It’s been 20 years since a US president handed his successor a low, still-falling unemployment rate. That president was Bill Clinton, and technically he handed that rate to himself, when he took the oath of office for a second time in January 1997.
You may recall what came next: the best four years for the middle class that any American who wasn’t alive in the 1960s can remember. Unemployment fell from just over 5 percent at the start of Clinton’s second term to below 4 percent in his final year in the White House. Median household incomes surged to what remains, at least for the moment, the highest level in US history after adjusting for inflation. Culturally, we remember the late ’90s for Seinfeld, impeachment, and Pets.com, but economically we remember them as the Clinton Boom.
The conditions are in place for Donald Trump to enjoy something similar. His predecessor, Barack Obama, inherited high and rising unemployment, which took years of slow and often frustrating recovery to chop down. Eight years later, the rate has finally slipped below 5 percent, though labor force participation remains low. Wages are growing across the board. Median incomes jumped faster in 2015 than at any time since the government started tracking them a half-century ago.
We remember the Clinton Boom fondly — the rising incomes part, not that pesky tech bubble — largely thanks to a phenomenon economists call “full employment.” In practical terms, it’s what happens when unemployment gets really low and employers have to start competing for workers, at every skill level. That competition bids up wages. It lifts everyone’s incomes.
As Jared Bernstein, a liberal economist who was a top adviser to Vice President Joe Biden, has written extensively, full employment is a surefire route to higher pay and faster productivity growth.
The good news for Trump is that the US economy looks awfully close to full employment now. Many economic forecasters don’t think the unemployment rate can fall too far below its current level, 4.7 percent. Federal Reserve officials, including Fed Chair Janet Yellen, seem convinced that the labor market is running close to full employment; that’s why they’ve resumed the process of raising interest rates from near-zero levels, even though inflation remains below the Fed’s target level of 2 percent.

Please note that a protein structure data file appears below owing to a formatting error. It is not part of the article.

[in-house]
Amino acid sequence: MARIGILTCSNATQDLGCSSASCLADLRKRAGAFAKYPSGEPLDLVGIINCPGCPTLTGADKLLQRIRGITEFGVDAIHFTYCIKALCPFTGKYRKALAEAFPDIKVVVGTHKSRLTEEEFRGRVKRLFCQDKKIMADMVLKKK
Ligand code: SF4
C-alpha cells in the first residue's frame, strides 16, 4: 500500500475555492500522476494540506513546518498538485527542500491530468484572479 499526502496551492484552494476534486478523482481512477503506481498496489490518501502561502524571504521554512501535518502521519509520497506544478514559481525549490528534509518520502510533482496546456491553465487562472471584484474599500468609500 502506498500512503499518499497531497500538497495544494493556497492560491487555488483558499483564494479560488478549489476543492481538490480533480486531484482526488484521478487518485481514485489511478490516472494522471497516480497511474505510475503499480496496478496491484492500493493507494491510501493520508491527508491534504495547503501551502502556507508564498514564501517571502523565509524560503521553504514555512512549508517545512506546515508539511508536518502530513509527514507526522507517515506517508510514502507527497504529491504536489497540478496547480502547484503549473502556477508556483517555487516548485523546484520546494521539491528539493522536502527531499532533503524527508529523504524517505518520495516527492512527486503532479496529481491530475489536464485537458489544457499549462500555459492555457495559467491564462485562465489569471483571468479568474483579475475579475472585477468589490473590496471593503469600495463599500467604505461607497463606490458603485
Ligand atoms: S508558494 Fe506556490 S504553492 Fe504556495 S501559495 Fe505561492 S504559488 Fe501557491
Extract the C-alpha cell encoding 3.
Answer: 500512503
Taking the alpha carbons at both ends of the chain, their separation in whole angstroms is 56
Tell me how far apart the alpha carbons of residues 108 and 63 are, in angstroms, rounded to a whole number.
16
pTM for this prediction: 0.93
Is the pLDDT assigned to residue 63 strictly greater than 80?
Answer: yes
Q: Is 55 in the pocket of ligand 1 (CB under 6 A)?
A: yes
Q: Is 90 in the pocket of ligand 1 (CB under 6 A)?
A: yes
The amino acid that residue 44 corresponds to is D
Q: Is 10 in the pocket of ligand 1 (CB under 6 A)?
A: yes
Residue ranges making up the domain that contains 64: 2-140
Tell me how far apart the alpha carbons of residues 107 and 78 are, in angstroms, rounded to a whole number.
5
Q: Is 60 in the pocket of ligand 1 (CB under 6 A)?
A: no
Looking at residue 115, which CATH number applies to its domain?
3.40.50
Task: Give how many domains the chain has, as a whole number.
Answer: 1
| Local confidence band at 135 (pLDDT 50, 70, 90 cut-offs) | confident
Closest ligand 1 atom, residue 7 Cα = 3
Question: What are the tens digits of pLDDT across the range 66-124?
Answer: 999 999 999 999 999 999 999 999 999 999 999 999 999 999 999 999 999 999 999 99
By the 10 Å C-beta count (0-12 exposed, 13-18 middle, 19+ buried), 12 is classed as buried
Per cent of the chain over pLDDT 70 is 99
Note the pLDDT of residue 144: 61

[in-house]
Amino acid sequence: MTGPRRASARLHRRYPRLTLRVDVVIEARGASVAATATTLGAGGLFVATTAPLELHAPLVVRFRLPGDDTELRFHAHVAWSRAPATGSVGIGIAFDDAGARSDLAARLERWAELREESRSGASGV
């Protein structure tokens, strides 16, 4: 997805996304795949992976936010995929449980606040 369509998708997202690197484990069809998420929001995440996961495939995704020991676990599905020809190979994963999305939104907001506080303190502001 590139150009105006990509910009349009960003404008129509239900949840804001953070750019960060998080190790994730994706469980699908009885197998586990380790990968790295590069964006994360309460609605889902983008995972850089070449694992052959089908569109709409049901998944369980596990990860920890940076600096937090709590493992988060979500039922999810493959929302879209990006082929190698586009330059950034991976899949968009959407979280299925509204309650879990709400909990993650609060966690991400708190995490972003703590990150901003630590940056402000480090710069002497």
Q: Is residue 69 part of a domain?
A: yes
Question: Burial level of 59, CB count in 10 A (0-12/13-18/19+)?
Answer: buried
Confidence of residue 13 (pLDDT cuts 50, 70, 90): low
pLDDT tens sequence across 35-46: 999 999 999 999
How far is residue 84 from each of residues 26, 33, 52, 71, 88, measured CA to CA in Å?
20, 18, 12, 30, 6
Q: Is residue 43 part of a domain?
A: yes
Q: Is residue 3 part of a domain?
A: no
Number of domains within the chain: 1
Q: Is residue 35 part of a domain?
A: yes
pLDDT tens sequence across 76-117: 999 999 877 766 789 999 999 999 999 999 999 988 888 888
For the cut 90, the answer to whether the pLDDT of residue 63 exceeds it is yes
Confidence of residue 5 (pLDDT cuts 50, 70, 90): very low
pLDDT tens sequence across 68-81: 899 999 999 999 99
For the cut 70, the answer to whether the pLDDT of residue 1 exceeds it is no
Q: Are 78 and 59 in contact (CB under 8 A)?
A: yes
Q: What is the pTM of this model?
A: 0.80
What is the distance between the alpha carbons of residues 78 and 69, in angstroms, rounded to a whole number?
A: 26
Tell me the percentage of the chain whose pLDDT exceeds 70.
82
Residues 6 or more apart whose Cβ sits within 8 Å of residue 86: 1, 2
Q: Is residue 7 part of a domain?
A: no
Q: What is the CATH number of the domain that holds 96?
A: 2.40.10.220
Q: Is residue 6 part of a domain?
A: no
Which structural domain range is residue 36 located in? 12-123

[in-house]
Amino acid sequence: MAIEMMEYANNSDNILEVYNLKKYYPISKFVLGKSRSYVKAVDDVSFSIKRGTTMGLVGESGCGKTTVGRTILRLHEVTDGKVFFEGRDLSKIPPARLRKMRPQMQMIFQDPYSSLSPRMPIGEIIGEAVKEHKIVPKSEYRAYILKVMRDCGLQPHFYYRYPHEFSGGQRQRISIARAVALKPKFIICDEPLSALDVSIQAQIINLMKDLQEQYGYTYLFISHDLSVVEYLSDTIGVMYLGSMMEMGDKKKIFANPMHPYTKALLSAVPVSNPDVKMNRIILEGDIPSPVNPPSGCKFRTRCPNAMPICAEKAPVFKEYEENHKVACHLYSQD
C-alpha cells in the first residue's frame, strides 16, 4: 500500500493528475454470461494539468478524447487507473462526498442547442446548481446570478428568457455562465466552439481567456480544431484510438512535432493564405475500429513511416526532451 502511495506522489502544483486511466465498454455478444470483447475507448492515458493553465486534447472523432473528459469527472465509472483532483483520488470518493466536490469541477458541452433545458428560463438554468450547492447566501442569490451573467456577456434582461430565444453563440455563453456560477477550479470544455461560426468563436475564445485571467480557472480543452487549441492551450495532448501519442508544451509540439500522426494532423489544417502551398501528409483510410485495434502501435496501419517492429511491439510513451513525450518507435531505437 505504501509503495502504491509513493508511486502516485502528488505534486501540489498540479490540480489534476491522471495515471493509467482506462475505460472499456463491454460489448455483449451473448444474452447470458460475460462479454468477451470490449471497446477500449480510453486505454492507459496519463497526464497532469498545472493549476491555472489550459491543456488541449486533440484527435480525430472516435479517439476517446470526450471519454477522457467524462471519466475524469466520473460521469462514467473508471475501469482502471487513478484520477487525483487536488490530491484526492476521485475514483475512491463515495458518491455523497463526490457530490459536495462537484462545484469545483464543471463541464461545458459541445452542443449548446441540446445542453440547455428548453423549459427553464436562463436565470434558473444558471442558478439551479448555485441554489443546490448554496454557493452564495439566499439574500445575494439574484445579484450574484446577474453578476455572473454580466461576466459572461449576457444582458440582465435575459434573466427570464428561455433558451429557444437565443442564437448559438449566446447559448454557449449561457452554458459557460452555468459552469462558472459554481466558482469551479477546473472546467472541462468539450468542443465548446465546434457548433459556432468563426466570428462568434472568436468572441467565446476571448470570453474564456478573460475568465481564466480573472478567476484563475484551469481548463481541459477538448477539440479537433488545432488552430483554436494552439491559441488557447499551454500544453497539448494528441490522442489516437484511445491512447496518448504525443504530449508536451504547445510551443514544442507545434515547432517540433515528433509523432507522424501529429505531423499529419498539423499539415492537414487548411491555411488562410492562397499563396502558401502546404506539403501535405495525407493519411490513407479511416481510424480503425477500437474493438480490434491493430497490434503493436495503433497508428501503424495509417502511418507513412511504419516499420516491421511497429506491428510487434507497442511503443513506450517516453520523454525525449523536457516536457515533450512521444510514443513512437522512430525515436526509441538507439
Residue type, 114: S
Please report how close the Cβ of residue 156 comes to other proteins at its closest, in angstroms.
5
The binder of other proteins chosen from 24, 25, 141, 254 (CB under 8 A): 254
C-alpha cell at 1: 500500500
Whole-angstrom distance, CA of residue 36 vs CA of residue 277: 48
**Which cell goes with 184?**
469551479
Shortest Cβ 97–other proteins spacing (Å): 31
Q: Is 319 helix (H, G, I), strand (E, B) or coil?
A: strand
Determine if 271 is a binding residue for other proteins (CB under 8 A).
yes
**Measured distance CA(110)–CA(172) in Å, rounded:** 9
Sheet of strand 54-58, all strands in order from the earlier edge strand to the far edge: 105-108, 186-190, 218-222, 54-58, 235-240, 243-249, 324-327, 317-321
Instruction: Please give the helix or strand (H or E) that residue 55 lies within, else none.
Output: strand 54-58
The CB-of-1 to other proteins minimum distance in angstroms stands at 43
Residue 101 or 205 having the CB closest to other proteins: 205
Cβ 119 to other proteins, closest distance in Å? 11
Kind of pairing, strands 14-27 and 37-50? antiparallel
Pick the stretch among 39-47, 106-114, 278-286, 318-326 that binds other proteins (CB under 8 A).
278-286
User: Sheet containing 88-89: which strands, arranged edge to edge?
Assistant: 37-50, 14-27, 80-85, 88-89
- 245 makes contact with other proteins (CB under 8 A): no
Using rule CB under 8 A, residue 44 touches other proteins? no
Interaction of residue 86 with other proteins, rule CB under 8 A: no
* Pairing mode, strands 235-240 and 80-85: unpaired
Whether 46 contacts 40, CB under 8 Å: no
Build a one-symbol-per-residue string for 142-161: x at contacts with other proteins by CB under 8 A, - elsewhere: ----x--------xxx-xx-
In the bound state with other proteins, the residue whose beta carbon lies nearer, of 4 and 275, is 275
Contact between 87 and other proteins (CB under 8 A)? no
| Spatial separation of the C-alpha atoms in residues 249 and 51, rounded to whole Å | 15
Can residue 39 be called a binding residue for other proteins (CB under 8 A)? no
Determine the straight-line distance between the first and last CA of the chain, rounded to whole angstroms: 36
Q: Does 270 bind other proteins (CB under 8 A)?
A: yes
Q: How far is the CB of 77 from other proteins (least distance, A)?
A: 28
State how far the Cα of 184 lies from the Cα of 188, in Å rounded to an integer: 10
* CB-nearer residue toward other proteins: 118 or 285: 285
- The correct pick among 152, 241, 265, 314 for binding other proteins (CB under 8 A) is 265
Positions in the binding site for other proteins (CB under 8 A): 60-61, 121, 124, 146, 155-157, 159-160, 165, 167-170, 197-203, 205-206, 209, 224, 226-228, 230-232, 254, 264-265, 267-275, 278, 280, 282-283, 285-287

All Trump needs to do is not get in the way of those trends.
The economy still isn’t growing very fast by historical standards, true. But if Trump wants to engineer the sort of wage boom that workers will remember for decades — and workers definitely still remember the Clinton Boom, particularly in the rural and industrial areas where Trump sealed his Electoral College victory — he doesn’t need to do much.
He doesn’t necessarily need the 4 percent growth he and his team are promising they can unleash for years to come. He probably doesn’t even need 3 percent. He just needs to stick with what’s working.
Make no mistake: Trump isn’t going to stand pat on economic policy. He’s going to pursue aggressive changes. He’ll slash corporate tax rates, in an effort to induce a surge in business investment, which remains low as a share of the economy by historical standards. He’ll keep pressuring manufacturers to add jobs in America. He’ll reorient American trade policy more dramatically than any president since Herbert Hoover.
How much change he can bring depends on his team and their coalition-building skills. How much juice he could add to the economy depends on whether his team is correct that high and complicated taxes, burdensome federal regulations, and misguided trade policies are holding companies back from spending and hiring more in the United States.
There are longer-term risks to his strategy, including ballooning the federal budget deficit and sowing the seeds, via deregulation, for another financial crisis. There’s also the chance his proposed tariffs will spark a global trade war that could push America, China, and nearly everyone else into recession.
But simple math suggests there’s a real chance Trump could boost growth, by a little or a lot, in a way that prolongs the late-Obama wage gains. If the Trump administration and Congress could agree on a tax reform package, for example, it seems almost certain that it will boost consumer demand in the economy, and very likely investment along with it.
If it boosts demand too much, sending inflation skyward, the Fed will almost certainly speed up its rate increases and attempt to keep the economy cruising at full employment. If Trump’s plans drain demand and don’t boost investment, and inflation and job creation start to slow, the Fed could stop its increases or even cut rates again.
This should help distressed workers across the country, including those who flocked to Trump’s candidacy, by fattening their paychecks. Ironically, though, a full-employment Trump Boom probably won’t help the president deliver on his biggest economic promise to those workers: reviving manufacturing employment.
For all the income gains of the late ’90s, Bill Clinton handed his actual successor, George W. Bush, an economy with fewer manufacturing jobs than it had when Clinton’s second term began. Economists don’t talk much about that side of the Clinton Boom. They may end up doing the same for Trump.